This Airy, Dusty Blue Wedding in Arizona Was a Family Affair
Enyo, who grew up in Nigeria, and Etienne, who was raised in Alaska, found each other through a student-athlete bible study at Minnesota State University in 2017, where Enyo ran with the track team and Etienne wrestled. The bride was raised in Nigeria by her parents who run a Christian orphanage, notes the groom. "I came to admire her faith," Etienne shares.
When the groom-to-be felt ready to pop the question three years later, he picked a meaningful spot: The top of Alaska's Pioneer Peak, which the couple reached after a grueling 12-hour hike. "The engagement was a very real representation of what Etienne had envisioned for the life ahead," says the bride. "To climb a mountain together was both difficult but left you surrounded by beauty."
The duo agreed on the Palm Valley Golf Club in Goodyear, Arizona, for their 100-guest wedding they planned for April 18, 2021. The location, near some of Etienne's family and a fun destination for their friends and family from all over the world, offered unforgettable vistas that sealed the deal. "I looked at so many," says Enyo. "The item that really won the venue for me was the mountain view." They chose a modern palette of dusty slate blue with accents of rose, gold, and leather brown, and created a relaxed atmosphere for their guests. "We planned our wedding so quickly, and some of that was because we were pressured with time constraints—we had to finish school and we knew that Etienne would be going into military training," says Enyo. "So, the advice that I would give another bride is that everything will work out beautifully, no matter what the planning process is like or how short it seems to be. Etienne and I both knew that in the end, the most important thing was getting married and both of our families coming together."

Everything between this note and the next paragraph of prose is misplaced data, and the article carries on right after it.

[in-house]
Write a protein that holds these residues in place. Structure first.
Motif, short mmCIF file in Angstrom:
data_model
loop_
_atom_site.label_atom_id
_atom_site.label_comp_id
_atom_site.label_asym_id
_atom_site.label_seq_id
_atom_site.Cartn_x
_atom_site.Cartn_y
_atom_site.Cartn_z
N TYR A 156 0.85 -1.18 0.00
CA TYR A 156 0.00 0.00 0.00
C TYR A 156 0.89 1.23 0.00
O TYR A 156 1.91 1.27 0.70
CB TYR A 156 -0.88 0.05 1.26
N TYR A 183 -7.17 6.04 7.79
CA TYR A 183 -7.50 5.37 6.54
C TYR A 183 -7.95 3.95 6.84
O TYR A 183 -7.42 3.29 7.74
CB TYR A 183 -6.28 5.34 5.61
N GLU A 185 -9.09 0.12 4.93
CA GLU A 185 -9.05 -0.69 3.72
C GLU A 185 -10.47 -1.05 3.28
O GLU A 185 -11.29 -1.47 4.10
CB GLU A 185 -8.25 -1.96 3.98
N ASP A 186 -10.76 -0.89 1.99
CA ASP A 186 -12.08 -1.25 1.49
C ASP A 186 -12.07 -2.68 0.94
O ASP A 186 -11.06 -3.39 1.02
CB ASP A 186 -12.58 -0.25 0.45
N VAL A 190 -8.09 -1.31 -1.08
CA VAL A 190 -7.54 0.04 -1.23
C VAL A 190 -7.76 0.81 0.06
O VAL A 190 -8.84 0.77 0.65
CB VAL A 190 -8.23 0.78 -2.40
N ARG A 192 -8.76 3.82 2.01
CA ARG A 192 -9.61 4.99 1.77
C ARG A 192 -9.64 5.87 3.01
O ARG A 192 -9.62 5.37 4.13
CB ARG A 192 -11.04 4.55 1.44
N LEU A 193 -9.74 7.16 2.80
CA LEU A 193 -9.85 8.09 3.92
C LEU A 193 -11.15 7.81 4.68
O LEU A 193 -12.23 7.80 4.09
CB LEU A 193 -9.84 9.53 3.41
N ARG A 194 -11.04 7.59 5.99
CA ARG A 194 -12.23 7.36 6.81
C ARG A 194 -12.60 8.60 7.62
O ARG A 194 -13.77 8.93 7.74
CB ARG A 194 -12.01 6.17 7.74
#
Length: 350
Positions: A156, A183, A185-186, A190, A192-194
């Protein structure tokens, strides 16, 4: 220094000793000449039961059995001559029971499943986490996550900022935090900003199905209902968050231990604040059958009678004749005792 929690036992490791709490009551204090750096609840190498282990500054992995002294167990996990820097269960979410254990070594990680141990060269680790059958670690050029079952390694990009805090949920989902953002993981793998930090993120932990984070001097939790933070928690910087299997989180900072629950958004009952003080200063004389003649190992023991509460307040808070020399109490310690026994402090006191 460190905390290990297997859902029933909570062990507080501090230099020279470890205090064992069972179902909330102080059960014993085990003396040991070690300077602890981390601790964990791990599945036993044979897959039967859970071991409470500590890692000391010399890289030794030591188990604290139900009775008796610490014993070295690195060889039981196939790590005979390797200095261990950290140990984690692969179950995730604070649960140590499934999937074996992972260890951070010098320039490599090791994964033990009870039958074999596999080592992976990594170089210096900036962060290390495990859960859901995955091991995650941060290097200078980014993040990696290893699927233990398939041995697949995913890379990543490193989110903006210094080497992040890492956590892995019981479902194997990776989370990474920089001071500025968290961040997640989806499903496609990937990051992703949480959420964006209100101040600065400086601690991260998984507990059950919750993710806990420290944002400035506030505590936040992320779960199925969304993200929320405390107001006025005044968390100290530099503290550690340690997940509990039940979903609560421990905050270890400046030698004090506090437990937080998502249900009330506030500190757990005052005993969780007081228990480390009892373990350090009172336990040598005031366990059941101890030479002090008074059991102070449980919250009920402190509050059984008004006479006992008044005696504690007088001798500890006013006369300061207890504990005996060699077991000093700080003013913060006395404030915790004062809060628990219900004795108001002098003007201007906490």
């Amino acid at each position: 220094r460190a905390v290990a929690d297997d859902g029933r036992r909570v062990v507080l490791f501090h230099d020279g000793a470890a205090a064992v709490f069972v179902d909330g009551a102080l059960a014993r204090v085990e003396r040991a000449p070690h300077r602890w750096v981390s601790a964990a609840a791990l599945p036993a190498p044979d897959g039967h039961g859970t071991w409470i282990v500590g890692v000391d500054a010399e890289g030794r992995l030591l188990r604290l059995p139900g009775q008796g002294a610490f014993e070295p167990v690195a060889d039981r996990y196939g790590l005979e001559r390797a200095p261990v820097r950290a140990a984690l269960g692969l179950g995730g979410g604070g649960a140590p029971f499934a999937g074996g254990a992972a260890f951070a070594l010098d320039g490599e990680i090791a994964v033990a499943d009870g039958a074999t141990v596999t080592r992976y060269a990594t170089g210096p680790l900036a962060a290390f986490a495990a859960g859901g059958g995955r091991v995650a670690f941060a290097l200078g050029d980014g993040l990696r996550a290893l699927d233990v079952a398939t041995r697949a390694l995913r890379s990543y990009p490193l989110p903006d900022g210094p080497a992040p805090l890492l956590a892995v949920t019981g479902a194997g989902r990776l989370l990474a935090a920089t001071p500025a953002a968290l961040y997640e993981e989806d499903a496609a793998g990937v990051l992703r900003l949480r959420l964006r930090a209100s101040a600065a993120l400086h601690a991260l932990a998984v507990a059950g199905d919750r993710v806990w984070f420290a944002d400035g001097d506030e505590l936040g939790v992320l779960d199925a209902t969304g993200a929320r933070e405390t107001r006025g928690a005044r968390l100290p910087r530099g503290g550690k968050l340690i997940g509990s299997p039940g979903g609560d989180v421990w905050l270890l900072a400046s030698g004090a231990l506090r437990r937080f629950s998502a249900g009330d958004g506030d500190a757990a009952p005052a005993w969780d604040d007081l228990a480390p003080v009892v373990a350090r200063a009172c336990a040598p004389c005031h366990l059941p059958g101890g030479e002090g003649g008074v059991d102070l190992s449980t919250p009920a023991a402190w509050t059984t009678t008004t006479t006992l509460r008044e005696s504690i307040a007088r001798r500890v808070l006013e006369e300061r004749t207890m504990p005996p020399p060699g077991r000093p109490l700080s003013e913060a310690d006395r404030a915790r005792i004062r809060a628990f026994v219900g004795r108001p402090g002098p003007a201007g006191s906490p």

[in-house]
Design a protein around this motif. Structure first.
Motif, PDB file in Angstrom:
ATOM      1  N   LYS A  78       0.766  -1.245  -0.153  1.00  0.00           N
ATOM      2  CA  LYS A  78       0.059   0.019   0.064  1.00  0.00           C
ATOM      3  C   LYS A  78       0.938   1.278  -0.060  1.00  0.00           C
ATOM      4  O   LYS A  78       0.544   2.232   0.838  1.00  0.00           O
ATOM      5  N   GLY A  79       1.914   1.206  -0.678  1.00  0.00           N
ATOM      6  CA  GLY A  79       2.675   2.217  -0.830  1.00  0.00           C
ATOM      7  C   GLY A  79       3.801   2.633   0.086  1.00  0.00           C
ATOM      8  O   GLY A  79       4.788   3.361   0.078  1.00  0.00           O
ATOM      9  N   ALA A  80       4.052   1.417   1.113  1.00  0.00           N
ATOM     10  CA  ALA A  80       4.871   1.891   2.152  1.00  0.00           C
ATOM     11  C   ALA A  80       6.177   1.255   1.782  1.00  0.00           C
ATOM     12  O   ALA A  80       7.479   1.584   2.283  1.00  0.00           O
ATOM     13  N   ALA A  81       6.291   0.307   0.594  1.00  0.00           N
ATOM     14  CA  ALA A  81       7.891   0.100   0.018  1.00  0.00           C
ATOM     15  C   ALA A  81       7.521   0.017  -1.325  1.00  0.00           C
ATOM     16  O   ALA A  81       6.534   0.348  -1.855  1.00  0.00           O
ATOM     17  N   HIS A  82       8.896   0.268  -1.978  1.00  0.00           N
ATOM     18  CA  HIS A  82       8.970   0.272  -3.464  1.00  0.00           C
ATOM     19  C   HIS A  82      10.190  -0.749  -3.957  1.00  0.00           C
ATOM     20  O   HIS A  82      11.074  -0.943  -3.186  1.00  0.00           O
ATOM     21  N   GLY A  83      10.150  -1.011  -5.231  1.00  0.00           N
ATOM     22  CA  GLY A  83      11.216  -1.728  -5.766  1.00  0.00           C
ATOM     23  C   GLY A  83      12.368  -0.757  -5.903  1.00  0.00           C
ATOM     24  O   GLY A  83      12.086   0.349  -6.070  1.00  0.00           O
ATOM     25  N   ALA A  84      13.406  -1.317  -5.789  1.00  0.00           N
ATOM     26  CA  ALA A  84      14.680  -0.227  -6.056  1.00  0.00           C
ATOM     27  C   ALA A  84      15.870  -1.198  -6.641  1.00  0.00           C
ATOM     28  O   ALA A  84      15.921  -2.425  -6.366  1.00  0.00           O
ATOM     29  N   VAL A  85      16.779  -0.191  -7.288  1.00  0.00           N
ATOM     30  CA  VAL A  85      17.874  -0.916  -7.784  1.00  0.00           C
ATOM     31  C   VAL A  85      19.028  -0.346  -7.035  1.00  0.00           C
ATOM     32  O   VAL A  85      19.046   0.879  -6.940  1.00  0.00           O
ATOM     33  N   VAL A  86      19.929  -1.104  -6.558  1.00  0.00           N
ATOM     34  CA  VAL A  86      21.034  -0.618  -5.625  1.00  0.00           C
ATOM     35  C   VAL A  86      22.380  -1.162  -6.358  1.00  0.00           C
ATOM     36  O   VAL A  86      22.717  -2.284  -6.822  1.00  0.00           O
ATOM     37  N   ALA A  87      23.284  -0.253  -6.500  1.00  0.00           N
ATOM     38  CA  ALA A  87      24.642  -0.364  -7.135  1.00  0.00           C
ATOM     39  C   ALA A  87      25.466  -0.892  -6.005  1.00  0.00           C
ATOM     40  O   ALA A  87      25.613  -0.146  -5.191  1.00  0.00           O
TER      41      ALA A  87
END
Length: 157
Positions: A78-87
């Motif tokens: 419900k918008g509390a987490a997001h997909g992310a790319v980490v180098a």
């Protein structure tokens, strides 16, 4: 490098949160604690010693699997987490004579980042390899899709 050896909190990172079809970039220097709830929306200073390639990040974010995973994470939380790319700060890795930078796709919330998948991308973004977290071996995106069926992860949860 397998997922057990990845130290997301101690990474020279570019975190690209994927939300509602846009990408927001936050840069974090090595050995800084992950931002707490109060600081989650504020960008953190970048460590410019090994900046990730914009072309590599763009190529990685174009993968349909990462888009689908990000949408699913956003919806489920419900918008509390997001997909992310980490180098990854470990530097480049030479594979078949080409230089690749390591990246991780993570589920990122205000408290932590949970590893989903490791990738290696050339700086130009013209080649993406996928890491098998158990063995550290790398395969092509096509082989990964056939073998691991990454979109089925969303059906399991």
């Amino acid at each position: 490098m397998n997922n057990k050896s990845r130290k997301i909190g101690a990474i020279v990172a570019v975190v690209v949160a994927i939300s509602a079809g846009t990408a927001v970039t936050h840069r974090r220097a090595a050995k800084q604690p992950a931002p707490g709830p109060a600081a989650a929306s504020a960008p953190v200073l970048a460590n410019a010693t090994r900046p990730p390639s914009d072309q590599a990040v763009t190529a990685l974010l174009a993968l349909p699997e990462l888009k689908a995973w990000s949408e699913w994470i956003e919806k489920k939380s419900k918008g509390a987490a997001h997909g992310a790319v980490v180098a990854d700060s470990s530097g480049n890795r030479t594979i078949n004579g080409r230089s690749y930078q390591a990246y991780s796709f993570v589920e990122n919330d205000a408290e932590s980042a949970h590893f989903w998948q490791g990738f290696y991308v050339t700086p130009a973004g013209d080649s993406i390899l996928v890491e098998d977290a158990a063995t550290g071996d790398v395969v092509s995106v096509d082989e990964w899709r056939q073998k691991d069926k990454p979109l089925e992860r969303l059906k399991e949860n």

Since they were unable to travel to Nigeria for a traditional ceremony, the couple incorporated Enyo's heritage throughout the event, including during the rehearsal dinner with outfits in a striking red print that offered an intentional contrast to the pale blue of the big-day color scheme. "There are various patterns and colors of celebratory clothing we wear in Nigeria called ankara," says Enyo. "My mom and a friend picked several options for us from a market in Nigeria, and Etienne immediately loved the red-and-white pattern when he saw it. We picked that one to be sewed for our rehearsal." Enyo also chose a pearl-embellished headpiece, called a gele, that coordinated with her veil. "I am a sucker for pearls," she says. "Even before meeting me, Etienne wanted to incorporate African clothing into his wedding, so it worked out well for him to marry a Nigerian."